My brain is a black chaos of whirling agonies, now together, now parting; so that each may make their separate sting felt, and, in turn, each will have to be faced. Preeminent among the dark host, towering above even the thought of Barbara, is the sense of my own degradation. There must have been something in my conduct to justify his taking me so confidently for the bad, light woman he did. One does not get such a character for nothing. I have always heard that, when such things happen to people, they have invariably brought them on themselves. In incoherent misery, I run over in my head, as well as the confusion of it will let me, our past meetings and dialogues. In almost all, to my distorted view, there now seems to have been an unseemly levity. Things I have said to him; easy, familiar jokes that I have had with him; not that he ever had much sense of a jest—(even at this moment I think this incidentally)—course through my mind.
Our many tete-a-tetes to which, at the time, I attached less than no importance: through many of which I unfeignedly, irresistibly gaped; our meetings in the park—accidental, as I thought—our dawdling saunters through the meadows, as often as not at twilight; all, all recur to me, and, recurring, make my face burn with a hot and stabbing shame.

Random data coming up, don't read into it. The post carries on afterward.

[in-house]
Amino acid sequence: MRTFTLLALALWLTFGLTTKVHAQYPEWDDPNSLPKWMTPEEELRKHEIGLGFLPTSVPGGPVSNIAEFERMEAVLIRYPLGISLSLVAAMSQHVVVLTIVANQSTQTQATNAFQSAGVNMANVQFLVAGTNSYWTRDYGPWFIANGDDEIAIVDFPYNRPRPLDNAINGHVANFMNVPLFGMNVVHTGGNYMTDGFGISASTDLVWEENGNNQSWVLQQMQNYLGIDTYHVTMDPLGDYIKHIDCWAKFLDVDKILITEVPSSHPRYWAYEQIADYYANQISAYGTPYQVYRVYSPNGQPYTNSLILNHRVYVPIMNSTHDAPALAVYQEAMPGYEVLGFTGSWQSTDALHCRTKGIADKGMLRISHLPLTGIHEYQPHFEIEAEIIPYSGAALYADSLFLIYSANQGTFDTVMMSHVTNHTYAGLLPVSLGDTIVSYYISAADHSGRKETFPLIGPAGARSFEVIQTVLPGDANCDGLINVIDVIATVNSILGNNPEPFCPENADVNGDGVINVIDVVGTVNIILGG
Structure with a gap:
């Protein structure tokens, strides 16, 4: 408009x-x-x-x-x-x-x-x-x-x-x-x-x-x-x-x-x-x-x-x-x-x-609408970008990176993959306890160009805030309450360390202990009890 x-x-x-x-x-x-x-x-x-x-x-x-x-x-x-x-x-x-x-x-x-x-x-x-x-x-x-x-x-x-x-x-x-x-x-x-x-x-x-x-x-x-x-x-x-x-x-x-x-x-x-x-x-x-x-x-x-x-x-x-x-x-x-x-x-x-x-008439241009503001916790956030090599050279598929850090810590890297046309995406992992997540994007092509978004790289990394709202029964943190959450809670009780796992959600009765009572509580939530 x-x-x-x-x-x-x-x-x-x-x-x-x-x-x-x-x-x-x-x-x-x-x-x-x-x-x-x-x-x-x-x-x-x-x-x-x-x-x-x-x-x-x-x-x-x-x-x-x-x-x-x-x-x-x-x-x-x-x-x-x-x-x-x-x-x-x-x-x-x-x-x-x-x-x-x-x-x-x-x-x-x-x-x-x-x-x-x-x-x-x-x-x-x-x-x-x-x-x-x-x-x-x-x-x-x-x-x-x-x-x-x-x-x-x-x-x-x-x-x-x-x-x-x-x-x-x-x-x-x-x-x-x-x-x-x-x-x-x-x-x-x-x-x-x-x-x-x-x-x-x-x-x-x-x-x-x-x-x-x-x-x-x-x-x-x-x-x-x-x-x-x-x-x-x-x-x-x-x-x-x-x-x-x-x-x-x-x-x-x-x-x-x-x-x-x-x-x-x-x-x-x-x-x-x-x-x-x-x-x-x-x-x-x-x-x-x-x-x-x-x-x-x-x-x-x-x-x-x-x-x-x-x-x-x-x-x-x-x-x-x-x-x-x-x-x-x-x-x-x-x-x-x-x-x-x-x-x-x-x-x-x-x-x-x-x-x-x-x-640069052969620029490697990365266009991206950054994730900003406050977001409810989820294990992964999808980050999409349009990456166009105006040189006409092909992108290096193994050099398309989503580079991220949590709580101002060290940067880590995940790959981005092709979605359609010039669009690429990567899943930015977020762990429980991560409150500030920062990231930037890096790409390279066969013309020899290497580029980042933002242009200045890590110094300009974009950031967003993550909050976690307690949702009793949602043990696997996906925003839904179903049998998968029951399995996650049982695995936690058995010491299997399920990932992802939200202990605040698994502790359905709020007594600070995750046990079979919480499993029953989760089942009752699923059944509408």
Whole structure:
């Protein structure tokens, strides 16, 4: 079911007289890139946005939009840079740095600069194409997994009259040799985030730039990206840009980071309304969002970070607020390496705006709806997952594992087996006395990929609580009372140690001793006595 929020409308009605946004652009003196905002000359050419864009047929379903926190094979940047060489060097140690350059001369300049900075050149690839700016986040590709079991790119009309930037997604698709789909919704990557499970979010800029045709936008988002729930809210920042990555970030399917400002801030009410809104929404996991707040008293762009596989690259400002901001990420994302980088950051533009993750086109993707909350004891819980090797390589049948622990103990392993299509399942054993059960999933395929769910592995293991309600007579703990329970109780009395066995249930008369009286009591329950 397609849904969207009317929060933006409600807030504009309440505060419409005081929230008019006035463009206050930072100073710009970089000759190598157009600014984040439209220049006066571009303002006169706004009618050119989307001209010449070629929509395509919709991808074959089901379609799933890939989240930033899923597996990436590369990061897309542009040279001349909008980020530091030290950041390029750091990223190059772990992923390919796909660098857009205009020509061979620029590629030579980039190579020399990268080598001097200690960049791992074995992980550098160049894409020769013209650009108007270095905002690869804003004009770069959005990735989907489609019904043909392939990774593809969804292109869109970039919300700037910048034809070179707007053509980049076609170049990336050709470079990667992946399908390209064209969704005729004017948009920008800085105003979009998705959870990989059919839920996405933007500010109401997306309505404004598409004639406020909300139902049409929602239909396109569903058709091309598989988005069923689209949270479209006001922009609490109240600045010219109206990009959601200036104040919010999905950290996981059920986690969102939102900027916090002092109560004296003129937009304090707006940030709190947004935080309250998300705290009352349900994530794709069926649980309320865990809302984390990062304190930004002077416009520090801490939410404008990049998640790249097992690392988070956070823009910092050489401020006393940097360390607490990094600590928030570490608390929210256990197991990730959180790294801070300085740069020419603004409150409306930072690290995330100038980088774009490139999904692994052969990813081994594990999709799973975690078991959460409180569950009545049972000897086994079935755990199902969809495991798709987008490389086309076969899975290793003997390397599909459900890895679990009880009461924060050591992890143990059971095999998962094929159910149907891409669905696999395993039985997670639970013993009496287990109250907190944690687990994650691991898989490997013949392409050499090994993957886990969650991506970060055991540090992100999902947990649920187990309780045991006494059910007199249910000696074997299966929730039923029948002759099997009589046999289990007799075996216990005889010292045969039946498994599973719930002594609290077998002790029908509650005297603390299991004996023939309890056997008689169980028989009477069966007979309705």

And Roger! This is the way in which I have kept things straight for him! This is the way in which I have rewarded his boundless trust! he, whose only fear was lest I should be dull! lest I should not amuse myself! Well, I have amused myself to some purpose now. I have made myself common talk for the neighborhood! He said so. I have brought discredit on Roger’s honored name! Not even the consciousness of the utter cleanness of my heart is of the least avail to console me. What matter how clean the heart is, if the conduct be light? None but God can see the former; the latter lies open to every carelessly spiteful, surface-judging eye. And Barbara! Goaded by the thought of her, I rise up quickly, and walk hastily along the road, till I reach a gate into the park. Arrived there, and now free from all fear of interruption from passers-by, I again sit down on an old dry log that lies beneath a great oak, and again cover my face with my hands.
What care I for the growing dark? the darker the better! Ah! if it were dark enough to hide me from myself! How shall I break it to her—I, who, confident in my superior discernment, have always scouted her misgivings and turned into derision her doubts? If I thought that she would rave and storm, and that her grief would vent itself in anger, it would not be of half so much consequence. But I know her better. The evening has closed in colder. The birds have all ceased their singing, and I still sit on, in the absolute silence, unconscious—unaware of any thing round me; living only in my thoughts, and with a resolution growing ever stronger and stronger within me. I will not tell her! I will never tell any one. I, that have hitherto bungled and blundered over the whitest fib, will wade knee-deep in falsehoods, before I will ever let any one guess the disgrace that has happened to me. Oh that, by long silence, I could wipe it out of my own heart—out of the book of unerasable past deeds!